Friday, 17 July 2009

Aspcts of Polymorphism in .NET Parts 1 & 2 - Inheritance

Introduction

.NET Developers come in various shapes and sizes, not only physically, but also in terms of their expertise and experience. The polymorphic nature of the .NET Framework now allows their code to benefit from similar diversity. Sadly, though, it is entirely possible with .NET languages and tools, such as Visual Studio 2008, for developers to build programs and web sites without necessarily needing to know or understand the underlying complexity of what they are doing. I've come across so-called developers whose approach to solving problems has greatly improved their search engine skills as they scour the internet for code samples they can lift to fix the problem they're currently facing. Sadly, though, their attitude towards actually understanding and getting to grips with the problem domain is one of laziness. For this reason developers can work commercially, producing viable code and making extensive use of the vast array of controls and tools at their disposal, yet not fully understand such basic lower level concepts as abstraction, inheritance and polymorphism. To be fair, though, this is quite understandable. After all, much of the documentation available on these topics is far from light reading, and tends to go to much greater depth than is necessary for the average beginner wanting to gain a basic understanding. This blog will therefore provide an easier access into these areas of object oriented (OO) programming techniques.

Part One: Object Orientation - What's all the Fuss?

I first came into .NET languages after years of developing solely in Visual Basic. Newer developers, who have only really got into the programming game since the inception of the .NET Frameworks will no doubt be a little confused by this statement. To explain... Visual Basic existed as a much more simple language prior to VB.NET. A VB developer was largely looked down upon by other members of the programming community (Java, Delphi, C++ etc) because Visual Basic was, rightly, viewed as an inferior language. Why? Because it masked a lot of complexity from the developers using it. Inheritance wasn't even an option. During this period I started learning a little Java and had my first exposure to proper OO programming. At about the same time the first version of the .NET Framework was seeing the light of day, and my movement into C# from Java was therefore very organic. So, what's all the fuss about? Well, Object Oriented programming allows a much more flexible and extensible approach to developing your code than you would otherwise have. Let's explain by means of a real world parallel, as I often find these to be the best aids.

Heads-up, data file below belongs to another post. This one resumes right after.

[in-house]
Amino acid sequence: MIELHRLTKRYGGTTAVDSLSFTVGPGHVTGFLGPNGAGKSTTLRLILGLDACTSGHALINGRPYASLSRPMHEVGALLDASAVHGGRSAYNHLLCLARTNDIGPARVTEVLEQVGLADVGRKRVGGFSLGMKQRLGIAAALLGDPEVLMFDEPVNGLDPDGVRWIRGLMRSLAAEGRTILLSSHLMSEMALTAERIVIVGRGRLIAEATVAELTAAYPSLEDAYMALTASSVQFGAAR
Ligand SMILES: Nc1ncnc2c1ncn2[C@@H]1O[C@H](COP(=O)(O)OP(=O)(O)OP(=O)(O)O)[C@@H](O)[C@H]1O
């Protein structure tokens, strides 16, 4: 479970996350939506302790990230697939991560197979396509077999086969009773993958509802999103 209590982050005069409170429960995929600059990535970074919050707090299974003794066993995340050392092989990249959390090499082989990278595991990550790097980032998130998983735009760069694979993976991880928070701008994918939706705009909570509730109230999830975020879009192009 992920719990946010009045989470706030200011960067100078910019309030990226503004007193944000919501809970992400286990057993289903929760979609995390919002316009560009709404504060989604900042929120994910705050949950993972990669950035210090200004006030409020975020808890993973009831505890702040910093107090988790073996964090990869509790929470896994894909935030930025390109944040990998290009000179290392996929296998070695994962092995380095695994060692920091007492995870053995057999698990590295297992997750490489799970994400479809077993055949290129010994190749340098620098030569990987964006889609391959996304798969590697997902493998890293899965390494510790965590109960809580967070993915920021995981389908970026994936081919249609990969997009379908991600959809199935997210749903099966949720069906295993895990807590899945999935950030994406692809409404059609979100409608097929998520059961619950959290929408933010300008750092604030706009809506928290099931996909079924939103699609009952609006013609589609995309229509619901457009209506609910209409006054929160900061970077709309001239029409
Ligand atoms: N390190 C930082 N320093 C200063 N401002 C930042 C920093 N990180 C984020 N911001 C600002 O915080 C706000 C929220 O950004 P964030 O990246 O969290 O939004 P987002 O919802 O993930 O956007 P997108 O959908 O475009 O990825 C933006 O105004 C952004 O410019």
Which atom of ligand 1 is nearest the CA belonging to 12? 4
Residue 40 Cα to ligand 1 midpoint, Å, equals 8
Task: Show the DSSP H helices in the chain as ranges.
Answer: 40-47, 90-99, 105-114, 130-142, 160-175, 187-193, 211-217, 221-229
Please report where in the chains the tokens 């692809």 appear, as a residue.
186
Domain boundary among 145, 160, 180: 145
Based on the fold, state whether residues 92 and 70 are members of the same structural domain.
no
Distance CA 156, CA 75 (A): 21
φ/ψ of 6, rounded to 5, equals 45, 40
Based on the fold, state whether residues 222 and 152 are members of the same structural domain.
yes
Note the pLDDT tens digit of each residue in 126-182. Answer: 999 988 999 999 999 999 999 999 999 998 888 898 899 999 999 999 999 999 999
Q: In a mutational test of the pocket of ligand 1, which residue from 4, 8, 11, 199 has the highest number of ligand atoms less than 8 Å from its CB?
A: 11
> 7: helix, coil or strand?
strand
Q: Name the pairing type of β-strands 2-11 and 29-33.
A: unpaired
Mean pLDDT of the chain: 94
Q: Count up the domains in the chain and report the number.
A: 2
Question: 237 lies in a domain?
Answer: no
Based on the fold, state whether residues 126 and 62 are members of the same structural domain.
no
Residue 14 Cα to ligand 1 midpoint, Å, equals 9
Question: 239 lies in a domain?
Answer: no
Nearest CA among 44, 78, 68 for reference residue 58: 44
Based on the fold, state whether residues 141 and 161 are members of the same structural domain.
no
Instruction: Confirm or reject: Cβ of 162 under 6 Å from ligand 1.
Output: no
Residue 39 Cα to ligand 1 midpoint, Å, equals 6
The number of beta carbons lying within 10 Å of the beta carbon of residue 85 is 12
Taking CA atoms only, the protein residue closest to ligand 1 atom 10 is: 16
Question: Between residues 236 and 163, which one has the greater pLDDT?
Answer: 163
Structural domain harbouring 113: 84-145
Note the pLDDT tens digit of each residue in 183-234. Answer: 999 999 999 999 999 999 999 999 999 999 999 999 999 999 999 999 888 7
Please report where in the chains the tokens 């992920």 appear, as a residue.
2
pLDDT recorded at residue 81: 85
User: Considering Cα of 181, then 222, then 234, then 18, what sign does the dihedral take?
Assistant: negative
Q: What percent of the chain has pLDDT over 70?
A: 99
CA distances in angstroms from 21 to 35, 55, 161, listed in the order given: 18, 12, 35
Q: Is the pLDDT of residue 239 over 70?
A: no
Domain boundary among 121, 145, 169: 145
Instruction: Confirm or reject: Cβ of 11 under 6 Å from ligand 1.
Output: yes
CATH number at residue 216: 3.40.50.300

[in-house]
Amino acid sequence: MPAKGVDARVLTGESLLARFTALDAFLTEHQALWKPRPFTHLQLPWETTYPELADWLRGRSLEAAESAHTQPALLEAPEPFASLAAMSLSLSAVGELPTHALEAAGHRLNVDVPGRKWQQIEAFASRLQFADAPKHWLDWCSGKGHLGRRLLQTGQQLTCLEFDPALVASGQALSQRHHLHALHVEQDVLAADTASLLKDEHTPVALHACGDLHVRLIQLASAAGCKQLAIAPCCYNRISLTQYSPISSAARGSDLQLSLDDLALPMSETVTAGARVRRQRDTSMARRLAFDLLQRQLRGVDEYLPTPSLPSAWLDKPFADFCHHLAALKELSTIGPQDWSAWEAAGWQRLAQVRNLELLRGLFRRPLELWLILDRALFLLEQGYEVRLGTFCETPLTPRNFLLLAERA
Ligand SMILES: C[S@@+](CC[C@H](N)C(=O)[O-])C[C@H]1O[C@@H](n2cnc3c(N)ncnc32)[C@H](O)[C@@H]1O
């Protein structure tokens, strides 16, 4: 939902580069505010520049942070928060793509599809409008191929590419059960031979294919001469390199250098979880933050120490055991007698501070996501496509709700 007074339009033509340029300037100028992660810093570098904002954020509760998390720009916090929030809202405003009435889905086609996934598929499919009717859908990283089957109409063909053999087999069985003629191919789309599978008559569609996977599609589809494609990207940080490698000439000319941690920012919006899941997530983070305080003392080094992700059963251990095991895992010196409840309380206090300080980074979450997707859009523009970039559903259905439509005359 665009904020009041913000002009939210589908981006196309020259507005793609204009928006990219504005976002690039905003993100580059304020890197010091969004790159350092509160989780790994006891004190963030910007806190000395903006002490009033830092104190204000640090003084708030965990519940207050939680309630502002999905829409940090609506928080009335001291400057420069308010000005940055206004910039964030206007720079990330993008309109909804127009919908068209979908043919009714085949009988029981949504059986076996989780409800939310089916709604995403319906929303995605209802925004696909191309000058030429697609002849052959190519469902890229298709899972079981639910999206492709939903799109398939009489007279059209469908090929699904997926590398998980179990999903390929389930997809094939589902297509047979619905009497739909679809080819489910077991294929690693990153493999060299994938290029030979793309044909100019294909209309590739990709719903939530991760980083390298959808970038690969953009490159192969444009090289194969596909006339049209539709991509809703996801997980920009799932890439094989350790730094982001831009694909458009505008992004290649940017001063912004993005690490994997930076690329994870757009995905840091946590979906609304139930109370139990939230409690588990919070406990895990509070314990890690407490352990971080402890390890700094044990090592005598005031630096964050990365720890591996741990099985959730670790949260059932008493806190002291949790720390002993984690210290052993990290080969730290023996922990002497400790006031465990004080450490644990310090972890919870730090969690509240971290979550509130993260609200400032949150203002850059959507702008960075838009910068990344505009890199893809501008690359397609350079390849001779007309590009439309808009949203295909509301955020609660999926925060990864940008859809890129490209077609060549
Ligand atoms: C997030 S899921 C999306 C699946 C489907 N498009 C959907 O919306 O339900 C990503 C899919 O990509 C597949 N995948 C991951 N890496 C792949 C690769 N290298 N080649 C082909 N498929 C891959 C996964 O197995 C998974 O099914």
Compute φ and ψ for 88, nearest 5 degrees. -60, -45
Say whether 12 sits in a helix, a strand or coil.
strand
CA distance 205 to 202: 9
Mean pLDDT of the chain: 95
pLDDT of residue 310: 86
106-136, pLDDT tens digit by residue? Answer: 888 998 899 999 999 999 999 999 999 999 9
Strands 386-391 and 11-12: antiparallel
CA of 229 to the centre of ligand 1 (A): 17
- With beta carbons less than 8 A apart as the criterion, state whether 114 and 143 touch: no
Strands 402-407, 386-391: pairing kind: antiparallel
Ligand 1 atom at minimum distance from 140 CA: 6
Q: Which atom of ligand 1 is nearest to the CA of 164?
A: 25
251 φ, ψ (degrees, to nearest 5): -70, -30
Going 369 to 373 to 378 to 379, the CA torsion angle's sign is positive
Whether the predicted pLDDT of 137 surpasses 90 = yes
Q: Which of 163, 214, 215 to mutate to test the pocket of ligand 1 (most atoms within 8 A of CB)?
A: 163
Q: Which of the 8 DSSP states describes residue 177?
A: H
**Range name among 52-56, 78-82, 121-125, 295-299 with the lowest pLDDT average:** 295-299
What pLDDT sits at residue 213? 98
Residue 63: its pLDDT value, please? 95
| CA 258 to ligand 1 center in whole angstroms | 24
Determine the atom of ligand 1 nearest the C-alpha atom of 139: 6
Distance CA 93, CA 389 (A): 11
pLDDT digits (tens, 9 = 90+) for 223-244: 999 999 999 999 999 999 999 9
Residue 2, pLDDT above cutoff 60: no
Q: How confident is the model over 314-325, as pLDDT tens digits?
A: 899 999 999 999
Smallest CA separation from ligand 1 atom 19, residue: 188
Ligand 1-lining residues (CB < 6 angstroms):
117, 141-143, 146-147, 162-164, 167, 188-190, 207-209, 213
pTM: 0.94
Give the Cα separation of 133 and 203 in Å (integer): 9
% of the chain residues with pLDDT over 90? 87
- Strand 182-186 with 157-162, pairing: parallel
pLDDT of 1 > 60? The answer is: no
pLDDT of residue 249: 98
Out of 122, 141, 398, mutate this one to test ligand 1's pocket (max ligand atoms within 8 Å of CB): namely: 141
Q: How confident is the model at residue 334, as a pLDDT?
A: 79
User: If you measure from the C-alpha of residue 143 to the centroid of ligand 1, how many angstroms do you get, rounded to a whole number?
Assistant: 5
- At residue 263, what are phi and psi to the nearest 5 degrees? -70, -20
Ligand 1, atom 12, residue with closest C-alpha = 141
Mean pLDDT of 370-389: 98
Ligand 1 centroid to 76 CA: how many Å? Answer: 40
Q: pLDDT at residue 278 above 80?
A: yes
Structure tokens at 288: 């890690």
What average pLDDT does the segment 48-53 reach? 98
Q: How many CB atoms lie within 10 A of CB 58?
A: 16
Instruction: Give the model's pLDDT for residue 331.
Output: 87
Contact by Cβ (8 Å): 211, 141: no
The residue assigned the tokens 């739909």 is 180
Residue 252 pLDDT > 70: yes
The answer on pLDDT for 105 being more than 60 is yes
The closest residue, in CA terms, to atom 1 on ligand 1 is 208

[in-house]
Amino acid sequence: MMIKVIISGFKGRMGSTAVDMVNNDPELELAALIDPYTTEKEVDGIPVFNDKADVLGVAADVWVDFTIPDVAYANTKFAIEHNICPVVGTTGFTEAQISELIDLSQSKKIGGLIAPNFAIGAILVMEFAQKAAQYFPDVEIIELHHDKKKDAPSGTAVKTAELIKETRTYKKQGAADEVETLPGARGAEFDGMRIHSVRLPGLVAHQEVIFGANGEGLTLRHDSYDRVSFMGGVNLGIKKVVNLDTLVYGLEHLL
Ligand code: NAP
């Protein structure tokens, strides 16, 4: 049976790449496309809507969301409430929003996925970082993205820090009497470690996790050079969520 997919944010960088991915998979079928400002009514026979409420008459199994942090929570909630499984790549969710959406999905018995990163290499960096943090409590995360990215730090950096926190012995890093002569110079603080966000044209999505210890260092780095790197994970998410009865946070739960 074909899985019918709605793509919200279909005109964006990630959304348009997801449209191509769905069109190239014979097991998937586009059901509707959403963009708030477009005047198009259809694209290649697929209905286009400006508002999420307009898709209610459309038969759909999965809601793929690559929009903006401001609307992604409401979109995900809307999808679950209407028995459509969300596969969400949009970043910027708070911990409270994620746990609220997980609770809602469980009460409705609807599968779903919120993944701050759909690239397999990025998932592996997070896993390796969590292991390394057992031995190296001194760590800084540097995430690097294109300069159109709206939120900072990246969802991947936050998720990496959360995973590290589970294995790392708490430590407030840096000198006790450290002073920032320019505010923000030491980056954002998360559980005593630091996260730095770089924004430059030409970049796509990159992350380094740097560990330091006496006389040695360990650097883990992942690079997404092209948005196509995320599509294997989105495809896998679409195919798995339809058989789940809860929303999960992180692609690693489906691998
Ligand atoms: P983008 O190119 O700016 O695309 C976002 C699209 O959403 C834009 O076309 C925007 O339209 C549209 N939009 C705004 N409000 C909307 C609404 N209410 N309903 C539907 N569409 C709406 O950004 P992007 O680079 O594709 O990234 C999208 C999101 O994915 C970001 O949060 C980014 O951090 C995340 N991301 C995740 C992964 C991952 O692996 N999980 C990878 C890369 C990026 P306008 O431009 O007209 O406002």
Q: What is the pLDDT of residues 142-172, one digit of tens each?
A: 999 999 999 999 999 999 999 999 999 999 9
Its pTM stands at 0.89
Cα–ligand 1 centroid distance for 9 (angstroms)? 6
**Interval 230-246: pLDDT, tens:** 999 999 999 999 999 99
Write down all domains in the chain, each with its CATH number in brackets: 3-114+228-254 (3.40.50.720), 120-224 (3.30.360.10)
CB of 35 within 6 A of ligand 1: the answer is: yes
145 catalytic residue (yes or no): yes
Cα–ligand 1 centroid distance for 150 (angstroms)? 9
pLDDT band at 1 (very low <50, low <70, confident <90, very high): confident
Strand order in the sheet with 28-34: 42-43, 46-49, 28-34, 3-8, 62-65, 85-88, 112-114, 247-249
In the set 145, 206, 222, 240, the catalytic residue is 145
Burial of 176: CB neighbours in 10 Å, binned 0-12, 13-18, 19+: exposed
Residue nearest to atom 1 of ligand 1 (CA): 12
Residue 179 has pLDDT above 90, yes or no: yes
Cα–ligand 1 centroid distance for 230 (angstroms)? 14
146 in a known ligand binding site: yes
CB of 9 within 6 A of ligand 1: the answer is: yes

If you drive, you no doubt, unless you're very wealthy (in which case, why are you reading this blog?), own a car built on a production line by one of the world's major car manufacturers. Your car started its life on a production line along with a load of other cars just like yours. Let's say, for example, that you drive a Ford Focus. Although your Focus is identical in shape and size to all other Focuses manufactured at the same time as yours, it isn't necessarily identical in all areas. Ford offers a diverse range of trim levels across the Focus range that affects such items as wheels, tyres, engine size, fuel type, leather or cloth seats etc. However, although you may have requested a certain level of individuality for your car, Ford didn't have to send their designers back to the drawing board in order to build your car. They stuck with the basic design of the Focus and simply changed peripherals. This is a real world instance of what Object Oriented programming techniques allow. A programmer can develop a class that does everything he or she wants it to. However, unless he seals the class, which prevents it from being extended (although Method Extensions in .NET Framework 3.5 can provide a workaround for developers wishing to extend sealed classes) another developer can extend or override aspects of the class so that it fits their own individual needs. This is called polymorphism (poly meaning "many" and "morph" meaning shape). When you stop to think about it you'll soon realise the potential benefits you can reap from this.